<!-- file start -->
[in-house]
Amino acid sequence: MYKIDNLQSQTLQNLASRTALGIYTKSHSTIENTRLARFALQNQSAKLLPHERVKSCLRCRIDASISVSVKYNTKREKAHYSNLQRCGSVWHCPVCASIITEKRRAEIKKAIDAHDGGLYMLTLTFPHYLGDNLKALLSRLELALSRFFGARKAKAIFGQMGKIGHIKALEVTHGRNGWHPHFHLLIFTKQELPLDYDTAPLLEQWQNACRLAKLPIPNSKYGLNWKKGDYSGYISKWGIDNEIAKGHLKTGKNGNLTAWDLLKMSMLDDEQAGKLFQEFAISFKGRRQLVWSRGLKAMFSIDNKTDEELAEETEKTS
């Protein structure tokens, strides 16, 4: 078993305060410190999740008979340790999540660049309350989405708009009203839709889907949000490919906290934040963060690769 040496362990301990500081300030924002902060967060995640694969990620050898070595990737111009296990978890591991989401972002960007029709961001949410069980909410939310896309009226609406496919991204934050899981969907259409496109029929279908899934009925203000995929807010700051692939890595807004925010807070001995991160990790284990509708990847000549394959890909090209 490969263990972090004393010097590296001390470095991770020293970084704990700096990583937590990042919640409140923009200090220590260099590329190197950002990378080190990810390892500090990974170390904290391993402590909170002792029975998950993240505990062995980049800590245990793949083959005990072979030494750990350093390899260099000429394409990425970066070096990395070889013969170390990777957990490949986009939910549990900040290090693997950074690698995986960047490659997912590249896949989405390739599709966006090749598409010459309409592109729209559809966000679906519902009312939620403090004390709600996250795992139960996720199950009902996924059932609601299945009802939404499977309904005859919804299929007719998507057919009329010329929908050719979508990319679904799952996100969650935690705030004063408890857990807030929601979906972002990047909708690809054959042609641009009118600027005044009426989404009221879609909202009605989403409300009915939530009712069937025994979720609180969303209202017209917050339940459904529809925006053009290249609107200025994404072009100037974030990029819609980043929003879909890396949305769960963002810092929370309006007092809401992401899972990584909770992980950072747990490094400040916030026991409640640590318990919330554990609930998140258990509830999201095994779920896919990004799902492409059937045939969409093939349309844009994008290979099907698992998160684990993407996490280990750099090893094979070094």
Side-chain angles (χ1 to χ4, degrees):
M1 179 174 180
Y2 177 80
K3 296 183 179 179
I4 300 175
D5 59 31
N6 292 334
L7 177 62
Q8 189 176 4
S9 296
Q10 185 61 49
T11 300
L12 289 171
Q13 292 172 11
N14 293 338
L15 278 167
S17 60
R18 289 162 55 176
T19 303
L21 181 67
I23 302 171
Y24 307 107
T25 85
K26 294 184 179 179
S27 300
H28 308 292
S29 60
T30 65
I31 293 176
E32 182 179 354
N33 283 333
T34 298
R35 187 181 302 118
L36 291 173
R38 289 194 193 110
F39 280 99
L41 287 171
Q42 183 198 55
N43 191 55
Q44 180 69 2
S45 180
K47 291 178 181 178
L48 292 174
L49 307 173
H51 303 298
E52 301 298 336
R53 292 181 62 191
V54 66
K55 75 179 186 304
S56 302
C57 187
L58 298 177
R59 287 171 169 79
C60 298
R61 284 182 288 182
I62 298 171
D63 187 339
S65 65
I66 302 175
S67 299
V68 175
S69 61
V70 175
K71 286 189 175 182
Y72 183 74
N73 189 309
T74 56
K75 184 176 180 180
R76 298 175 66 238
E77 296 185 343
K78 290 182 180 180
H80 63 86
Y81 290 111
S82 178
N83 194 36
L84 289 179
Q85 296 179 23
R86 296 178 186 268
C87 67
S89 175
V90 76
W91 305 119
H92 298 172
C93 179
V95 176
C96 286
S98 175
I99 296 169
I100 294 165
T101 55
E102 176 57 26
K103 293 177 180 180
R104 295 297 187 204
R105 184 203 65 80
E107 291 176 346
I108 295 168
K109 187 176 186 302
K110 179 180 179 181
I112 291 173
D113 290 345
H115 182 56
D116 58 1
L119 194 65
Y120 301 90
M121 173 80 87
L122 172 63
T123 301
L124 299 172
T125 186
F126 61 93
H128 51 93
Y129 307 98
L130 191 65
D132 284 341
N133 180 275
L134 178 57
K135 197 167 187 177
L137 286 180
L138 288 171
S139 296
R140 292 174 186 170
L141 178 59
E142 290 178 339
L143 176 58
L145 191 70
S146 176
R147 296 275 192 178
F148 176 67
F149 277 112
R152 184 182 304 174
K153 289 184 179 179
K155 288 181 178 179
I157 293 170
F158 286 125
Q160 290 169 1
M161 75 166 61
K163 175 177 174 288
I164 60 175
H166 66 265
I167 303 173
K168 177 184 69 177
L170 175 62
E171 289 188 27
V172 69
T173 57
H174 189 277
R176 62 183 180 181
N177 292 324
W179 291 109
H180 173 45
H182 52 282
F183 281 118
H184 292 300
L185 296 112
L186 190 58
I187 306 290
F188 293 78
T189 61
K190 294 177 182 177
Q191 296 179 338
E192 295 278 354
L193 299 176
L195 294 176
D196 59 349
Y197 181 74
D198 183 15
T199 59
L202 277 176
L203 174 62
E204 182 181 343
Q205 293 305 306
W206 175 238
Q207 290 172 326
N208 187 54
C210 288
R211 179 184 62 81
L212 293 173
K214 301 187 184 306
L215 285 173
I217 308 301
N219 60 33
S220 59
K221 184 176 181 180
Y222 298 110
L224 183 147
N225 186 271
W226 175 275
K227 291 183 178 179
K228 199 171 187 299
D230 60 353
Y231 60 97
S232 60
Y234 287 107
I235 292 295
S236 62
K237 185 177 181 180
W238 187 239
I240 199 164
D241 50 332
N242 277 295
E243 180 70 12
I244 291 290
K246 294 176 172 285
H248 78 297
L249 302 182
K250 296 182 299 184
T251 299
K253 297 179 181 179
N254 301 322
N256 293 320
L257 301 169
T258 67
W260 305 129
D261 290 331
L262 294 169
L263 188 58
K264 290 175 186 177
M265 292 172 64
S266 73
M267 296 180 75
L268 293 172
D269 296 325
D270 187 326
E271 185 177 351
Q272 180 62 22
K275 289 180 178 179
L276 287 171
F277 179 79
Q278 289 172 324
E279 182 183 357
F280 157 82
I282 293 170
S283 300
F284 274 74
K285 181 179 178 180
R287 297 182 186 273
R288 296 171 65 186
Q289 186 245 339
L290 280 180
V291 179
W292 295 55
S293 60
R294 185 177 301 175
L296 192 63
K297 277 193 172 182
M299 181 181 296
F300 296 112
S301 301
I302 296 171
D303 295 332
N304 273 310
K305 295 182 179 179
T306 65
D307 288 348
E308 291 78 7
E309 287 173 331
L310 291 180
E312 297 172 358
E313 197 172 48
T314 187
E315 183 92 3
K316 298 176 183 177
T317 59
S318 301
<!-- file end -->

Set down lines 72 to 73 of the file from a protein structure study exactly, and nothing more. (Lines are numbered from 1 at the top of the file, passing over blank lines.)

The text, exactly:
R76 298 175 66 238
E77 296 185 343